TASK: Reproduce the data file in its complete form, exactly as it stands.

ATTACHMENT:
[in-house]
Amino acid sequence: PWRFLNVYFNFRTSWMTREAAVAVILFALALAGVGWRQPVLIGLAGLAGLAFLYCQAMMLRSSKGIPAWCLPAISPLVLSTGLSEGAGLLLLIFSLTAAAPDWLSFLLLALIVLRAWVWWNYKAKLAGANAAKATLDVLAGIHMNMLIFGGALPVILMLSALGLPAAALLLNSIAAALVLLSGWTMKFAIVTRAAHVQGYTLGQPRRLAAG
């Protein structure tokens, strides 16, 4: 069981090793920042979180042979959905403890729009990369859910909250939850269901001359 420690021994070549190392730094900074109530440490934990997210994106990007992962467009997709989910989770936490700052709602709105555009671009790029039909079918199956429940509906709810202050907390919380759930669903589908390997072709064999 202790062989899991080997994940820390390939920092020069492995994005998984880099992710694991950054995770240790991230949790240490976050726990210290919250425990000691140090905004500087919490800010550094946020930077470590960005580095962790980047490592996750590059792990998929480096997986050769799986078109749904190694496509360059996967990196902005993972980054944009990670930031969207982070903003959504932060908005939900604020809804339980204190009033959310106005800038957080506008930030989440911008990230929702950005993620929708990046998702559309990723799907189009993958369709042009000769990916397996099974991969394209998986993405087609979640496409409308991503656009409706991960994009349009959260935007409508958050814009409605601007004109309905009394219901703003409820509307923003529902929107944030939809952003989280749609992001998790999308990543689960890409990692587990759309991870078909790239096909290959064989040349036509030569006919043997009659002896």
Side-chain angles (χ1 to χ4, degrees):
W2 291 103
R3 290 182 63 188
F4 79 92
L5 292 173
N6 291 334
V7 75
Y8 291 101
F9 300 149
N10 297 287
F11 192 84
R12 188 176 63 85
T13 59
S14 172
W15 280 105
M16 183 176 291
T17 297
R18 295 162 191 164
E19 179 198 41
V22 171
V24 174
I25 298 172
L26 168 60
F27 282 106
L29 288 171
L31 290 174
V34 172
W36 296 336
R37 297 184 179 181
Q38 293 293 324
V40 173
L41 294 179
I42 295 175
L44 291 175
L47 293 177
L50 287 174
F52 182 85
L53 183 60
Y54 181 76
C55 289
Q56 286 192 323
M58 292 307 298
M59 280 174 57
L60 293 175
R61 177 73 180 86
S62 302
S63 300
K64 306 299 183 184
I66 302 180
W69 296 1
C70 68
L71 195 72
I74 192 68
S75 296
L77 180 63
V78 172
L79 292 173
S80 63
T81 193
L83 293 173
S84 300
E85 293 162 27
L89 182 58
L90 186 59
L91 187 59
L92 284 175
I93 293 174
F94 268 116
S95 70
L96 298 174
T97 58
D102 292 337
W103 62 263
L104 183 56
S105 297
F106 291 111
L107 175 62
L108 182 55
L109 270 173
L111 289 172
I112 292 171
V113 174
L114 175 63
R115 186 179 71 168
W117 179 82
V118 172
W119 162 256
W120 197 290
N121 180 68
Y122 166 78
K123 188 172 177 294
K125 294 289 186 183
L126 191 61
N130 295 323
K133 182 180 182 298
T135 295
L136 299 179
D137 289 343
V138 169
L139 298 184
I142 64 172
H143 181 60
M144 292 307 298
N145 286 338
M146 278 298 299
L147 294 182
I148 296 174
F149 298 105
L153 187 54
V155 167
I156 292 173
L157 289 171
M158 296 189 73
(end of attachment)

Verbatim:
[in-house]
Amino acid sequence: PWRFLNVYFNFRTSWMTREAAVAVILFALALAGVGWRQPVLIGLAGLAGLAFLYCQAMMLRSSKGIPAWCLPAISPLVLSTGLSEGAGLLLLIFSLTAAAPDWLSFLLLALIVLRAWVWWNYKAKLAGANAAKATLDVLAGIHMNMLIFGGALPVILMLSALGLPAAALLLNSIAAALVLLSGWTMKFAIVTRAAHVQGYTLGQPRRLAAG
């Protein structure tokens, strides 16, 4: 069981090793920042979180042979959905403890729009990369859910909250939850269901001359 420690021994070549190392730094900074109530440490934990997210994106990007992962467009997709989910989770936490700052709602709105555009671009790029039909079918199956429940509906709810202050907390919380759930669903589908390997072709064999 202790062989899991080997994940820390390939920092020069492995994005998984880099992710694991950054995770240790991230949790240490976050726990210290919250425990000691140090905004500087919490800010550094946020930077470590960005580095962790980047490592996750590059792990998929480096997986050769799986078109749904190694496509360059996967990196902005993972980054944009990670930031969207982070903003959504932060908005939900604020809804339980204190009033959310106005800038957080506008930030989440911008990230929702950005993620929708990046998702559309990723799907189009993958369709042009000769990916397996099974991969394209998986993405087609979640496409409308991503656009409706991960994009349009959260935007409508958050814009409605601007004109309905009394219901703003409820509307923003529902929107944030939809952003989280749609992001998790999308990543689960890409990692587990759309991870078909790239096909290959064989040349036509030569006919043997009659002896």
Side-chain angles (χ1 to χ4, degrees):
W2 291 103
R3 290 182 63 188
F4 79 92
L5 292 173
N6 291 334
V7 75
Y8 291 101
F9 300 149
N10 297 287
F11 192 84
R12 188 176 63 85
T13 59
S14 172
W15 280 105
M16 183 176 291
T17 297
R18 295 162 191 164
E19 179 198 41
V22 171
V24 174
I25 298 172
L26 168 60
F27 282 106
L29 288 171
L31 290 174
V34 172
W36 296 336
R37 297 184 179 181
Q38 293 293 324
V40 173
L41 294 179
I42 295 175
L44 291 175
L47 293 177
L50 287 174
F52 182 85
L53 183 60
Y54 181 76
C55 289
Q56 286 192 323
M58 292 307 298
M59 280 174 57
L60 293 175
R61 177 73 180 86
S62 302
S63 300
K64 306 299 183 184
I66 302 180
W69 296 1
C70 68
L71 195 72
I74 192 68
S75 296
L77 180 63
V78 172
L79 292 173
S80 63
T81 193
L83 293 173
S84 300
E85 293 162 27
L89 182 58
L90 186 59
L91 187 59
L92 284 175
I93 293 174
F94 268 116
S95 70
L96 298 174
T97 58
D102 292 337
W103 62 263
L104 183 56
S105 297
F106 291 111
L107 175 62
L108 182 55
L109 270 173
L111 289 172
I112 292 171
V113 174
L114 175 63
R115 186 179 71 168
W117 179 82
V118 172
W119 162 256
W120 197 290
N121 180 68
Y122 166 78
K123 188 172 177 294
K125 294 289 186 183
L126 191 61
N130 295 323
K133 182 180 182 298
T135 295
L136 299 179
D137 289 343
V138 169
L139 298 184
I142 64 172
H143 181 60
M144 292 307 298
N145 286 338
M146 278 298 299
L147 294 182
I148 296 174
F149 298 105
L153 187 54
V155 167
I156 292 173
L157 289 171
M158 296 189 73